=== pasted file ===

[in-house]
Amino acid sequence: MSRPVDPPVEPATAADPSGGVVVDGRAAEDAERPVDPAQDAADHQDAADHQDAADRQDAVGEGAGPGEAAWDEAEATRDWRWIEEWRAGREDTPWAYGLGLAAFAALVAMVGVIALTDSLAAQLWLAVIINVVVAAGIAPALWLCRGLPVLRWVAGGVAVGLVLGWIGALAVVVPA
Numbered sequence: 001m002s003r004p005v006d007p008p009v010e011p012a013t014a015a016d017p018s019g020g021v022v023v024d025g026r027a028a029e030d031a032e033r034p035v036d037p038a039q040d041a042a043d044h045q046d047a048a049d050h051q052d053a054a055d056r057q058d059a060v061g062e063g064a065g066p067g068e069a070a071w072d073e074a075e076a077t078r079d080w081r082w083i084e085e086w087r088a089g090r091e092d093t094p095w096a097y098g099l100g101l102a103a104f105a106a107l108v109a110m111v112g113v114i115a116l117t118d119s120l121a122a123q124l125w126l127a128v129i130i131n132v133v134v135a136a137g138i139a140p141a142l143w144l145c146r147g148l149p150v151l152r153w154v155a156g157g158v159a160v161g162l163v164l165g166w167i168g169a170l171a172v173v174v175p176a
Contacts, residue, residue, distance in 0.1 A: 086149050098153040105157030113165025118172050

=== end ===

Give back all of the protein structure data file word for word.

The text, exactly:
[in-house]
Amino acid sequence: MSRPVDPPVEPATAADPSGGVVVDGRAAEDAERPVDPAQDAADHQDAADHQDAADRQDAVGEGAGPGEAAWDEAEATRDWRWIEEWRAGREDTPWAYGLGLAAFAALVAMVGVIALTDSLAAQLWLAVIINVVVAAGIAPALWLCRGLPVLRWVAGGVAVGLVLGWIGALAVVVPA
Numbered sequence: 001m002s003r004p005v006d007p008p009v010e011p012a013t014a015a016d017p018s019g020g021v022v023v024d025g026r027a028a029e030d031a032e033r034p035v036d037p038a039q040d041a042a043d044h045q046d047a048a049d050h051q052d053a054a055d056r057q058d059a060v061g062e063g064a065g066p067g068e069a070a071w072d073e074a075e076a077t078r079d080w081r082w083i084e085e086w087r088a089g090r091e092d093t094p095w096a097y098g099l100g101l102a103a104f105a106a107l108v109a110m111v112g113v114i115a116l117t118d119s120l121a122a123q124l125w126l127a128v129i130i131n132v133v134v135a136a137g138i139a140p141a142l143w144l145c146r147g148l149p150v151l152r153w154v155a156g157g158v159a160v161g162l163v164l165g166w167i168g169a170l171a172v173v174v175p176a
Contacts, residue, residue, distance in 0.1 A: 086149050098153040105157030113165025118172050